It was late—an indistinguishable, blearyeyed hour. In front of me was a large dog, snapping his jaws so hard that his teeth gave a loud clack with each bark. His eyes were locked on me, desperate for the toy in my hand. But he wasn’t playing—he was freaking out.
As I cautiously held my ground, his bark morphed from a yelp to a shout. Then he gave a rumbling growl. That was when my unease gave way to something far more primal: fear.
This was no ordinary dog. Dyngo, a ten-year-old, had been trained to propel his six-stone body toward insurgents, locking his jaws around them. He’d served three tours in Afghanistan, weathering grenade blasts and firefights. This dog had saved thousands of lives. Now he was in my flat in Washington, DC. Just 72 hours earlier, I had travelled across the country to retrieve Dyngo from Luke Air Force Base near Phoenix, Arizona, so that he could live out his remaining years with me in civilian retirement.
That first night, May 9, 2016, after we’d settled into my hotel room, Dyngo sat on the bed waiting for me. When I got under the covers, he stretched across the blanket, his weight heavy and comforting against my side. As I drifted off to sleep, I felt his body twitch, and I smiled: Dyngo is a dog who dreams.
The next morning, I gave him a toy and went to shower. When I emerged from the bathroom, it was like stepping into a henhouse massacre. Feathers floated in the air. Fresh rips ran through the white sheets. In the middle of the bed was Dyngo, panting over a pile of shredded pillows. Throughout the morning, his rough play left scratches where his teeth had broken the skin through my jeans.
On the flight home, Dyngo was allowed to sit at my feet in the roomy first row, but he soon had bouts of vomiting in between his attempts to shred the blanket I’d brought him. The pilot announced Dyngo’s military status, inspiring applause from the whole cabin. When we reached my flat, we both collapsed from exhaustion. It would be our last bit of shared peace for many months.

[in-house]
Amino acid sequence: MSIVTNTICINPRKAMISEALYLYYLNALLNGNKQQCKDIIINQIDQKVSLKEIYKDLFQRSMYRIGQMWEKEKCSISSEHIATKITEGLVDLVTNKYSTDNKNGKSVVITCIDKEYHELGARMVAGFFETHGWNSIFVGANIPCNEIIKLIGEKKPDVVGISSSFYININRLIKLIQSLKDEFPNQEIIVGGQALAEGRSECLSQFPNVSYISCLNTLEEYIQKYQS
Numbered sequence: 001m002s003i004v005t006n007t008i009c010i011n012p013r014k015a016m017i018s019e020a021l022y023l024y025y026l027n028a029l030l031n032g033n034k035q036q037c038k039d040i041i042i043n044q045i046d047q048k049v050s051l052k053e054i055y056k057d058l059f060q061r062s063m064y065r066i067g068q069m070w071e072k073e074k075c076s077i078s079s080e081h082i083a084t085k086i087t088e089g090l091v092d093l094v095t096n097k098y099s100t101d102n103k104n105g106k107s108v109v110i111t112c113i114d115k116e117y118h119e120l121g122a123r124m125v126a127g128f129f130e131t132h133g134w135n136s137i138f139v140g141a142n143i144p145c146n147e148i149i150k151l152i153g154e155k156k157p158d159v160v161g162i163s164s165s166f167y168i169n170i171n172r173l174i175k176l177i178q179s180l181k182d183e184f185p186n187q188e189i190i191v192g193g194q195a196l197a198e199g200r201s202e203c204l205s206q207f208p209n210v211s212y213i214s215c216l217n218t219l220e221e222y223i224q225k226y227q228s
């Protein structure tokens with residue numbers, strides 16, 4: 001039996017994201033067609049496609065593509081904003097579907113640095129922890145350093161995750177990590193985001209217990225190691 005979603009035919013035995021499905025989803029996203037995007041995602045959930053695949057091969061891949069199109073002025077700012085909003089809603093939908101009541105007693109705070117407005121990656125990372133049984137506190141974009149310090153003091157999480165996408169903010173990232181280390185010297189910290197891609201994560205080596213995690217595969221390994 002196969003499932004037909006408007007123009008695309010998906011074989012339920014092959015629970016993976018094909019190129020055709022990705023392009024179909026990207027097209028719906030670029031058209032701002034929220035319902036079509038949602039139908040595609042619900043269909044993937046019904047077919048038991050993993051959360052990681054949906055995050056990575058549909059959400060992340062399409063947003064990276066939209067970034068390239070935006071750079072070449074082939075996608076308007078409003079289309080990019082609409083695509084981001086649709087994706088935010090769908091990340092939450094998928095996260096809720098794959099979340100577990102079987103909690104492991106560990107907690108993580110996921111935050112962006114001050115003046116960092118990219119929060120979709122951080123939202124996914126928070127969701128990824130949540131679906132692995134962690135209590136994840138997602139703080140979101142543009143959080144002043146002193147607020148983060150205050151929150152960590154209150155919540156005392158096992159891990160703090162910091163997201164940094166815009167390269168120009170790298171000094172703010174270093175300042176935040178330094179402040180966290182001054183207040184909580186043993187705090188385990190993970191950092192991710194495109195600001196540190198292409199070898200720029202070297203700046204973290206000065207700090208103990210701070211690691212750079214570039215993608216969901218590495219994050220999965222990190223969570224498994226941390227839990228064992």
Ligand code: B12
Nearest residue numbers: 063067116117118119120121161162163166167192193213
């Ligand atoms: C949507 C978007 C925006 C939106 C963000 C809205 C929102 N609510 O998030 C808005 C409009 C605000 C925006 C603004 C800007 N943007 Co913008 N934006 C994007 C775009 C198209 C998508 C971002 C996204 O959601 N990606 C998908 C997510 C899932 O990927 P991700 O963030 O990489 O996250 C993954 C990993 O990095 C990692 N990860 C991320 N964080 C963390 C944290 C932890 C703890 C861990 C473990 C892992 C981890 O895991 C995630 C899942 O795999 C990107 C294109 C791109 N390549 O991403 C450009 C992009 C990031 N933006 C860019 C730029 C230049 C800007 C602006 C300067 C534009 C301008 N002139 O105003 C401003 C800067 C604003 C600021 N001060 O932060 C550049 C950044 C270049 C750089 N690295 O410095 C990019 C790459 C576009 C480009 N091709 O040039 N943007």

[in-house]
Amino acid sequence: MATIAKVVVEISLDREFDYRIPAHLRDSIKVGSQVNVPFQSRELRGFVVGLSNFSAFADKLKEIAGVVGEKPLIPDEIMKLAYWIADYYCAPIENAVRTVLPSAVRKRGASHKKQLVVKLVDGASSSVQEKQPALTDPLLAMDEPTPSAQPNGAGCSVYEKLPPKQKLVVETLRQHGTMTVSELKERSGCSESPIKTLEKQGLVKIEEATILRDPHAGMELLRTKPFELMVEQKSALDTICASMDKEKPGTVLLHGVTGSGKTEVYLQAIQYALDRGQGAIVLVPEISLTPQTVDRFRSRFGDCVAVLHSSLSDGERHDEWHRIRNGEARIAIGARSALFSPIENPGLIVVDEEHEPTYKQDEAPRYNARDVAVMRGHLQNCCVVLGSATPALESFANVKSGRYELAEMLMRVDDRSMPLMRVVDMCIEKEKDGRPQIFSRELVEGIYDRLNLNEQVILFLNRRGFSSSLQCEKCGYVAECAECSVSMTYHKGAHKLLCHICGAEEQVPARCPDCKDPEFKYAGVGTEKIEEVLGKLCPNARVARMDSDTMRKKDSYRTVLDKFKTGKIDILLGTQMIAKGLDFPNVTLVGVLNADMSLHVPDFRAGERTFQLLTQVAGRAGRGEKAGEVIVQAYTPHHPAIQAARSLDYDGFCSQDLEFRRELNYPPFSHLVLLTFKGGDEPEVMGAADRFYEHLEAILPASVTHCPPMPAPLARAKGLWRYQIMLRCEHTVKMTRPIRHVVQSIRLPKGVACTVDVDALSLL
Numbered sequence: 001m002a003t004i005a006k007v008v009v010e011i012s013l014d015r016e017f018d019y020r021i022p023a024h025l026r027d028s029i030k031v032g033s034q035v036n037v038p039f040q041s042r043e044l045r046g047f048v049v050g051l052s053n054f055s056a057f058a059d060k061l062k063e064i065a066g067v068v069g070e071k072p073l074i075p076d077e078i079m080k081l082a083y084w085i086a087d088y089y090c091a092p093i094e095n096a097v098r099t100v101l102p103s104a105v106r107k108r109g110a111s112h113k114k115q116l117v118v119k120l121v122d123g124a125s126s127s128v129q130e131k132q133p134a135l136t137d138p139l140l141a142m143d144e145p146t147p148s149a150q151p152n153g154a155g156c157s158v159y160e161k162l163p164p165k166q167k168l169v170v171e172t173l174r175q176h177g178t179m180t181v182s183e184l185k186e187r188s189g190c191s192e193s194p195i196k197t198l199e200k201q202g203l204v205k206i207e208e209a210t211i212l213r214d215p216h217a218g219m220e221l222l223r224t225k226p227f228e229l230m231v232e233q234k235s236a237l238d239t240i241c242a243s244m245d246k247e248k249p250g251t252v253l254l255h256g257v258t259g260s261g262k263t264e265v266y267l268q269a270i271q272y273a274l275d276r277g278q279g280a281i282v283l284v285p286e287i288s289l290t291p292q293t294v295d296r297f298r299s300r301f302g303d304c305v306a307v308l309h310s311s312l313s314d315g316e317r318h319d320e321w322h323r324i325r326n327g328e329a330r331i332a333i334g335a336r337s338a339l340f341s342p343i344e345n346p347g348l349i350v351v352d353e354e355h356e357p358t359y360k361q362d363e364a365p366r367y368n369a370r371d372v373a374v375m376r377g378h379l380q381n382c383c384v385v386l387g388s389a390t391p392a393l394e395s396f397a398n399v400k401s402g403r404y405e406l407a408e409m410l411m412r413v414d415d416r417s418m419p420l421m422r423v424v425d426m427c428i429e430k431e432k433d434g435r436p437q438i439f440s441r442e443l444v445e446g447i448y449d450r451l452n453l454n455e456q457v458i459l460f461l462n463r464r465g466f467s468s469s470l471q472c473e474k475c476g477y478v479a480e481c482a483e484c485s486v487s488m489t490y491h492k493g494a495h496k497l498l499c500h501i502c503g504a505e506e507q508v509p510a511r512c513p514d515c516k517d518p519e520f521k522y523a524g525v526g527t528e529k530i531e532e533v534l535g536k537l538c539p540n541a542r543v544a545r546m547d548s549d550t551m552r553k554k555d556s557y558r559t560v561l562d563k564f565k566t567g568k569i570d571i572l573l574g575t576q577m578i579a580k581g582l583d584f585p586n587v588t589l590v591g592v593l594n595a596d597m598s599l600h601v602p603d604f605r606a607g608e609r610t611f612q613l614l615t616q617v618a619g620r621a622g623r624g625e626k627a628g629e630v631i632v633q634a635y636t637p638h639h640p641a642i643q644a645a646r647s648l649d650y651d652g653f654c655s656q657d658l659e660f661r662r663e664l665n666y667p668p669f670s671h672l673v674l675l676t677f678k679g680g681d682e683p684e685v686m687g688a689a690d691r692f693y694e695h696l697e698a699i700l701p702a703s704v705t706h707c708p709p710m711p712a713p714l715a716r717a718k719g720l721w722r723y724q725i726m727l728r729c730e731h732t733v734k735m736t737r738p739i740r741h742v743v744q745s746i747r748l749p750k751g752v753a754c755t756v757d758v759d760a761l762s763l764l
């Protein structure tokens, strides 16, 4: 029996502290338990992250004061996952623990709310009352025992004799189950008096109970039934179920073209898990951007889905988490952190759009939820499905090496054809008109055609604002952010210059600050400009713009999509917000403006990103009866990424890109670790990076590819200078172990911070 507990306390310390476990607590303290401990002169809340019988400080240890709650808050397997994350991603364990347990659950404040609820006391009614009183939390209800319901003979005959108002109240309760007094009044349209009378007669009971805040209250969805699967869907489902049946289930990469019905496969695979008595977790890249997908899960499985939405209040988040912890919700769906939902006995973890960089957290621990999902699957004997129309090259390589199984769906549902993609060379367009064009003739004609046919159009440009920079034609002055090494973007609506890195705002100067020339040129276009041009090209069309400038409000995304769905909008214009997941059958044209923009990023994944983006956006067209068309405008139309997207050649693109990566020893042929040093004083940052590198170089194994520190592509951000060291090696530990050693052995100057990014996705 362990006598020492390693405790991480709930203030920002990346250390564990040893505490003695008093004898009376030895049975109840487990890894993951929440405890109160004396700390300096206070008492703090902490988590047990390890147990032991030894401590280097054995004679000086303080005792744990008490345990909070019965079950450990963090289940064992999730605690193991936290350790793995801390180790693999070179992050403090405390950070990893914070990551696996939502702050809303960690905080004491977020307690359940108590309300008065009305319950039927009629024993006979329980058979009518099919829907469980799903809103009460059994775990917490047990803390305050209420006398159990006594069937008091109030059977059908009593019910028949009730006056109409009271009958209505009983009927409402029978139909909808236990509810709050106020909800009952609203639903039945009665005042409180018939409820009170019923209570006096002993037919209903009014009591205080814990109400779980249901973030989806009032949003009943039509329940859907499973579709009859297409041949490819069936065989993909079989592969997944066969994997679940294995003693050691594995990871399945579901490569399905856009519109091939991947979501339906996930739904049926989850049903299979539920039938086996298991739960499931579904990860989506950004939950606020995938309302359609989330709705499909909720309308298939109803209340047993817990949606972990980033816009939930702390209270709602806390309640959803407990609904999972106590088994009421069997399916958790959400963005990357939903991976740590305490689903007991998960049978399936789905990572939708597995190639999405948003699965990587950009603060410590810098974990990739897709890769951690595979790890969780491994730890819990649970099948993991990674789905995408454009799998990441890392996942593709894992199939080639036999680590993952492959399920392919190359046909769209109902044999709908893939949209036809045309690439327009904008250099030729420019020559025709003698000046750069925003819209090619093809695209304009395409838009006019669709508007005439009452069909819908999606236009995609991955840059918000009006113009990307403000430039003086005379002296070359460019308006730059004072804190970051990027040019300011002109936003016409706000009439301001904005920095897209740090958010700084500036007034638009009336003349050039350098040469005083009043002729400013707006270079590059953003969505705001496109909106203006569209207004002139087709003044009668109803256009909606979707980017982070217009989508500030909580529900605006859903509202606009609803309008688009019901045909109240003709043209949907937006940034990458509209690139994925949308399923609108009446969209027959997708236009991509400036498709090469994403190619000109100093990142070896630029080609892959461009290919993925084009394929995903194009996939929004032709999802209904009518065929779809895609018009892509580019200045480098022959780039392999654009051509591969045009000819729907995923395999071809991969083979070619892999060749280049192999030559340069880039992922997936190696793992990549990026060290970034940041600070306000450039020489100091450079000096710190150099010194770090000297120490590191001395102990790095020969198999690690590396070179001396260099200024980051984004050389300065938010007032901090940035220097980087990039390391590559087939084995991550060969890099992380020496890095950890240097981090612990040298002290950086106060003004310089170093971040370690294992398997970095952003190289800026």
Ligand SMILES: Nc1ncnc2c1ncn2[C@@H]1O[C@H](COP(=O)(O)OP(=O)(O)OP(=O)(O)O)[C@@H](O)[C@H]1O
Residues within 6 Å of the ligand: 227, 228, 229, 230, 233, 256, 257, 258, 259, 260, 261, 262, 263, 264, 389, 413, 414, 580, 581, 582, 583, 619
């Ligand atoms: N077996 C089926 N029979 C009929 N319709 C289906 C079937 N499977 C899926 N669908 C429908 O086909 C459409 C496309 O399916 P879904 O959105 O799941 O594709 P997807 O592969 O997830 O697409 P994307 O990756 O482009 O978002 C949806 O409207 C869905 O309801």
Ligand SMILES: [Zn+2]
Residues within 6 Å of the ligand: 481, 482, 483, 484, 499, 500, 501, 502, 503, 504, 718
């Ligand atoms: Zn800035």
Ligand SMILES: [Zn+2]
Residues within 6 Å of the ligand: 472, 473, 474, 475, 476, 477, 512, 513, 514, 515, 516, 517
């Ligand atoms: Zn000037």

I MET DYNGO in 2012 at Lackland Air Force Base in San Antonio, Texas. I was working on a book, War Dogs: Tales of Canine Heroism, History and Love, and had heard about how Dyngo had saved many lives in Afghanistan. His bravery had earned him and his handler, StaffSergeant Justin Kitts, a Bronze Star.
In early 2011, Kitts and Dyngo boarded a helicopter on their way to a remote outpost in Afghanistan. Dyngo wore a wide choke chain and a vest that said “MWD Police K-9” to indicate that he was a military working dog.
The plan for the day was familiar. The platoon from the US Army’s 101st Airborne Division would make its way on foot to nearby villages, connecting with community elders to find out whether Taliban operatives were planting improvised explosive devices (IEDs) in the area. Kitts and Dyngo walked in front to clear the road ahead. After six months of these scouting missions, Kitts trusted that Dyngo would keep him safe.
They were on a path in a field a little more than half a mile outside the outpost when Dyngo’s ears perked up, his tail stiffened and his sniffing intensified. It wasn’t a full alert, but Kitts knew Dyngo well enough to know he’d picked up the odour of an IED. He signalled the platoon leader. “There’s something over there, or there’s not,” Kitts said. “But my dog is showing me enough. We should not continue going that way.”
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